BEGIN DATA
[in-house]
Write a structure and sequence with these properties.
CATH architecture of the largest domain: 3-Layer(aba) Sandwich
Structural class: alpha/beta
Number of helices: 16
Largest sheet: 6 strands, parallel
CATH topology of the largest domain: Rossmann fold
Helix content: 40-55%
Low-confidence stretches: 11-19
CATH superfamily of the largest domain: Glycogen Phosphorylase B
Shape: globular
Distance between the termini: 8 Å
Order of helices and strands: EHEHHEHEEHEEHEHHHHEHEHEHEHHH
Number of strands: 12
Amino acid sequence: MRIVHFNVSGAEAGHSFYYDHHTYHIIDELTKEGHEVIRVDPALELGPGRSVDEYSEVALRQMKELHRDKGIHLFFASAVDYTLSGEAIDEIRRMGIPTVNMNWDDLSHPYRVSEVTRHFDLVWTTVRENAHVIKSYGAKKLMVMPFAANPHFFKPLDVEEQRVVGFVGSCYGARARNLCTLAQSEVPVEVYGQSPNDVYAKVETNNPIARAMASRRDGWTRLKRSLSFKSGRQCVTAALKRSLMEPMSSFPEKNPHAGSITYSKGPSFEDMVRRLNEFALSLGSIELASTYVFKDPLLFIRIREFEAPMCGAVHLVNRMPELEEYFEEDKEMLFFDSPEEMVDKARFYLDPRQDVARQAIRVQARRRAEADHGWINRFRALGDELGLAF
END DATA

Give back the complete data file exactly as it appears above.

[in-house]
Write a structure and sequence with these properties.
CATH architecture of the largest domain: 3-Layer(aba) Sandwich
Structural class: alpha/beta
Number of helices: 16
Largest sheet: 6 strands, parallel
CATH topology of the largest domain: Rossmann fold
Helix content: 40-55%
Low-confidence stretches: 11-19
CATH superfamily of the largest domain: Glycogen Phosphorylase B
Shape: globular
Distance between the termini: 8 Å
Order of helices and strands: EHEHHEHEEHEEHEHHHHEHEHEHEHHH
Number of strands: 12
Amino acid sequence: MRIVHFNVSGAEAGHSFYYDHHTYHIIDELTKEGHEVIRVDPALELGPGRSVDEYSEVALRQMKELHRDKGIHLFFASAVDYTLSGEAIDEIRRMGIPTVNMNWDDLSHPYRVSEVTRHFDLVWTTVRENAHVIKSYGAKKLMVMPFAANPHFFKPLDVEEQRVVGFVGSCYGARARNLCTLAQSEVPVEVYGQSPNDVYAKVETNNPIARAMASRRDGWTRLKRSLSFKSGRQCVTAALKRSLMEPMSSFPEKNPHAGSITYSKGPSFEDMVRRLNEFALSLGSIELASTYVFKDPLLFIRIREFEAPMCGAVHLVNRMPELEEYFEEDKEMLFFDSPEEMVDKARFYLDPRQDVARQAIRVQARRRAEADHGWINRFRALGDELGLAF